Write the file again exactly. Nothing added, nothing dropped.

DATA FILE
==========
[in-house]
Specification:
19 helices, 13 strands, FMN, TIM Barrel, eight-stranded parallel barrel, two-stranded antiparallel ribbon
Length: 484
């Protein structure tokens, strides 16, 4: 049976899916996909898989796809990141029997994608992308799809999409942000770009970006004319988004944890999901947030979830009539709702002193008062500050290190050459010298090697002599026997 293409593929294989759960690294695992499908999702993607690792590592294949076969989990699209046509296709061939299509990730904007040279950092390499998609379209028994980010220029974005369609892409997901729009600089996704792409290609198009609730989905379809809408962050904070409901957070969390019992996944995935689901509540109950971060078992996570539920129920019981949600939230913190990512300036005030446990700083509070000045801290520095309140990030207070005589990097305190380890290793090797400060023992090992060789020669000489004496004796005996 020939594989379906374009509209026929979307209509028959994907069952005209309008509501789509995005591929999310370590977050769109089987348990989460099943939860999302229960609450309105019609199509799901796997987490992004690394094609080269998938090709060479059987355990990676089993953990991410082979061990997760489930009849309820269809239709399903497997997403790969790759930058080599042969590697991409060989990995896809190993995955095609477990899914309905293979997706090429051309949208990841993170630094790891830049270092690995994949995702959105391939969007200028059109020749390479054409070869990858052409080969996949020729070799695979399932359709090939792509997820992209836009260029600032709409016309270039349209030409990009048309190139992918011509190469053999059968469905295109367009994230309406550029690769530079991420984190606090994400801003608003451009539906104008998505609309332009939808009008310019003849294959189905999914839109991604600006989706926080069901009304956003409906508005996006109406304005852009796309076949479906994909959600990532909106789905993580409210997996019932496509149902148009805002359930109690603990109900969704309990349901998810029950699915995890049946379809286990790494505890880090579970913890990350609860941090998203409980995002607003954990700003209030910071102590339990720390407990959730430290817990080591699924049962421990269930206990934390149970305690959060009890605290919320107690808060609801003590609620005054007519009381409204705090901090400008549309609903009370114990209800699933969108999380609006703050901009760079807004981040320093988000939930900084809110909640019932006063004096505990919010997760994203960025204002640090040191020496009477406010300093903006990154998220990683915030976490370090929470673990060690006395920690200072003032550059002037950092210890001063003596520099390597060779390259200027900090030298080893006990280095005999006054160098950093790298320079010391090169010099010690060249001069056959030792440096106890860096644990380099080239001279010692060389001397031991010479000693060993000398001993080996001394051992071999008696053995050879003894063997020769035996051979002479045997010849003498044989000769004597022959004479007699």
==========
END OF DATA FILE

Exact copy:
[in-house]
Specification:
19 helices, 13 strands, FMN, TIM Barrel, eight-stranded parallel barrel, two-stranded antiparallel ribbon
Length: 484
């Protein structure tokens, strides 16, 4: 049976899916996909898989796809990141029997994608992308799809999409942000770009970006004319988004944890999901947030979830009539709702002193008062500050290190050459010298090697002599026997 293409593929294989759960690294695992499908999702993607690792590592294949076969989990699209046509296709061939299509990730904007040279950092390499998609379209028994980010220029974005369609892409997901729009600089996704792409290609198009609730989905379809809408962050904070409901957070969390019992996944995935689901509540109950971060078992996570539920129920019981949600939230913190990512300036005030446990700083509070000045801290520095309140990030207070005589990097305190380890290793090797400060023992090992060789020669000489004496004796005996 020939594989379906374009509209026929979307209509028959994907069952005209309008509501789509995005591929999310370590977050769109089987348990989460099943939860999302229960609450309105019609199509799901796997987490992004690394094609080269998938090709060479059987355990990676089993953990991410082979061990997760489930009849309820269809239709399903497997997403790969790759930058080599042969590697991409060989990995896809190993995955095609477990899914309905293979997706090429051309949208990841993170630094790891830049270092690995994949995702959105391939969007200028059109020749390479054409070869990858052409080969996949020729070799695979399932359709090939792509997820992209836009260029600032709409016309270039349209030409990009048309190139992918011509190469053999059968469905295109367009994230309406550029690769530079991420984190606090994400801003608003451009539906104008998505609309332009939808009008310019003849294959189905999914839109991604600006989706926080069901009304956003409906508005996006109406304005852009796309076949479906994909959600990532909106789905993580409210997996019932496509149902148009805002359930109690603990109900969704309990349901998810029950699915995890049946379809286990790494505890880090579970913890990350609860941090998203409980995002607003954990700003209030910071102590339990720390407990959730430290817990080591699924049962421990269930206990934390149970305690959060009890605290919320107690808060609801003590609620005054007519009381409204705090901090400008549309609903009370114990209800699933969108999380609006703050901009760079807004981040320093988000939930900084809110909640019932006063004096505990919010997760994203960025204002640090040191020496009477406010300093903006990154998220990683915030976490370090929470673990060690006395920690200072003032550059002037950092210890001063003596520099390597060779390259200027900090030298080893006990280095005999006054160098950093790298320079010391090169010099010690060249001069056959030792440096106890860096644990380099080239001279010692060389001397031991010479000693060993000398001993080996001394051992071999008696053995050879003894063997020769035996051979002479045997010849003498044989000769004597022959004479007699």